Today is A Big Day. Hot on the heels of the most astonishing, challenging, rewarding and downright bonkers year and a half of my life (and then hibernating in a puddle of exhaustion for a couple of weeks), I just turned 40.
A few days ago I celebrated the first birthday of this project (which is really more of a ‘new life’ than a project), and my beautiful bus #homeJames is 23. This, I have surmised, equals a collective age of 64. I therefore am announcing my retirement and tomorrow will start the drive off into the sunset to enjoy my remaining years in total relaxation.
Just kidding. I have WAY too many awesome things up my sleeve to do something as silly as retire quite yet :)
Some people express their mid-life crises by selling their houses, buying a motorbike or a sportscar, having affairs with people half their age or leaving their partners. I have none of those things. My mid-life crisis is quite clearly manifest through this thing that I’m now doing. Chucking in working for “the man” and focusing instead on making things again. Living in a bus. Sharing way too much of the minutiae of my life through stream of consciousness drivel on the internet. Yeah, I’ve changed a LOT in my 40 years. I am changing more each day. And I am A-O-K with that. I’ve been doing a lot of thinking about what has happened the last few years, what it all means and what to do about it next. But more on that later. Today I want to celebrate with a little story, one of the oh-so-very-many that drive this project and my new world (pun fully intended).
Sydney Parking Blues
Pretty much the biggest hurdle when living in a bus is where the hell you can park up each night. When people offer to host me I ask for the following:
- A legal, safe, secure, off-road parking spot that can fit a vehicle 6.5m long, 2m wide and 3m high.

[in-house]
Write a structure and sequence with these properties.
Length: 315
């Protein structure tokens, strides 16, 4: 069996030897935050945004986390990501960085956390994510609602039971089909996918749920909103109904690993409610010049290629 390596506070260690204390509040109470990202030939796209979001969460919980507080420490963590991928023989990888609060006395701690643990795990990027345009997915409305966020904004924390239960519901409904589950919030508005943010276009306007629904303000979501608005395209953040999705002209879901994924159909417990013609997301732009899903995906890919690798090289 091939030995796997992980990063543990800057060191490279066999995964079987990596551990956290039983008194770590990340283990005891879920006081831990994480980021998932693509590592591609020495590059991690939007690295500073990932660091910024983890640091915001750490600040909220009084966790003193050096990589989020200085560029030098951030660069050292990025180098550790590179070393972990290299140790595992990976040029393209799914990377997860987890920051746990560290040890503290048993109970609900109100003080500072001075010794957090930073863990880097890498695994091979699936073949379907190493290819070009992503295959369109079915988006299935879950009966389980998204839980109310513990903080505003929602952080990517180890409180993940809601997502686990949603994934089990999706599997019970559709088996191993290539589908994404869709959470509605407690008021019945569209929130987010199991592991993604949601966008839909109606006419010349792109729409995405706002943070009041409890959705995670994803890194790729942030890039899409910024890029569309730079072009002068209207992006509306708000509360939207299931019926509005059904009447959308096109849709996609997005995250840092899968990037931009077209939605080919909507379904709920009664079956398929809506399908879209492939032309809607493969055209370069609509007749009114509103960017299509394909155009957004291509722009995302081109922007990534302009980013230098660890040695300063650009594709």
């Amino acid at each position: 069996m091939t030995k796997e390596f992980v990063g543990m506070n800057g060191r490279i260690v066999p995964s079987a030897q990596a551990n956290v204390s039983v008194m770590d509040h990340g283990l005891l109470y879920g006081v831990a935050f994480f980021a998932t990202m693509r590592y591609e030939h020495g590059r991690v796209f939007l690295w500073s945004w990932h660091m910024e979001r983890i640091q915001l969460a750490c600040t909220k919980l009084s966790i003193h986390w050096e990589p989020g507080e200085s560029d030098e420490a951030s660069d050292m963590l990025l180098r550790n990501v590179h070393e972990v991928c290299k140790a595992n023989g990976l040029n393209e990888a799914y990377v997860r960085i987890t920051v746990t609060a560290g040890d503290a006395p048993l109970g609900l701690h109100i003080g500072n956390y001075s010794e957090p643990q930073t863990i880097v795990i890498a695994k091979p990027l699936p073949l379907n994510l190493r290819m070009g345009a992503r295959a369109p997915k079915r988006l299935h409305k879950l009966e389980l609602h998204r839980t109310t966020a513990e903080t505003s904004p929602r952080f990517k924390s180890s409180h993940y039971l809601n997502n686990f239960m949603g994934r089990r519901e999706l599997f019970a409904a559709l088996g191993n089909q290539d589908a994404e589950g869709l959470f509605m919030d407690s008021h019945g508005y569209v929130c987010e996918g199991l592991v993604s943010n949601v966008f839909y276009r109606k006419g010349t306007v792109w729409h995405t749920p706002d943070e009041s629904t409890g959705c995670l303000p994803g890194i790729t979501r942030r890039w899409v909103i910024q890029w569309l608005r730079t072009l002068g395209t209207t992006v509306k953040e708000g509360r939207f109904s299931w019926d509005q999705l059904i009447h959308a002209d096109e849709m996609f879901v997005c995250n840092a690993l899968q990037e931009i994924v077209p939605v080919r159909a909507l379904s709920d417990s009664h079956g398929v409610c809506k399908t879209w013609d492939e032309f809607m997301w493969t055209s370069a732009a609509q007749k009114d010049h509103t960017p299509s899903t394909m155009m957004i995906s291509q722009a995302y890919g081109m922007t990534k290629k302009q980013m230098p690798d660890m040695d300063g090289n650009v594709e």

- A toilet you can access round the clock (if it has a shower too that’s just gold).
- A nice view (optional, but welcomed).
- An electrical hookup and wifi access are essential if I’m working on something for you, and are always a valuable extra if they’re available.
Parking in Sydney sucks even if you just drive a little runabout. Parking a bus in this city is frankly impossible. While I was at ISEA2013 I was generously hosted by COFA which meant that I was in their loading dock. Safe and very kind of them but not so much with the nice view. After ISEA ended and I had to pack up my old apartment in Darlinghurst I stowed the bus with the wonderfully bonkers Lewis at Greenpeace‘s HQ out of town. I have never seen anyone play Tetris with cars, buses, vans and boats like that before – wow. For the last couple of weeks I’ve been free-parking by beaches on the south coast, excepting a couple of nights at a campsite so I could shower, recharge and wash clothes.
Last night I came back into Sydney and had the same old problem. Just before I left I took the bus in for her first service (with me). There’s a whole other blog post in that day; Daniel and David Rodriguez and the team at Prime Automotive Repairs in Marrickville are absolute LEGENDS! Essentially after spending a day with them they told me the secret way to get in to their forecourt and said if it was clear then I could park and hook up to their LX any time I needed. See, LEGENDS! So I set sail for there only to find the forecourt was full, so no go. I parked in sa side street and sat there a while just thinking it through. I don’t like parking on streets in case some nutter comes hurtling down the road and smashes into me while I’m sleeping. Damaging the bus would suck; being killed because I’m sleeping in a bus on a street would be approaching Darwin Awards level of dumb.
Besides, it was the eve of my 40th birthday – wouldn’t it be better to find somewhere beautiful to wake up?
So I went on a meander, and I found myself near the Lord Nelson micro-brewery in Miller’s Point (near The Rocks). Parking on-street was free between 10pm and 8am, so I set an alarm figuring I could buy myself two hours of extra naptime before working out where to go next.
This, ladies and gentleman, was my backdrop last night. I chose well.
And this is what that looks like in daylight.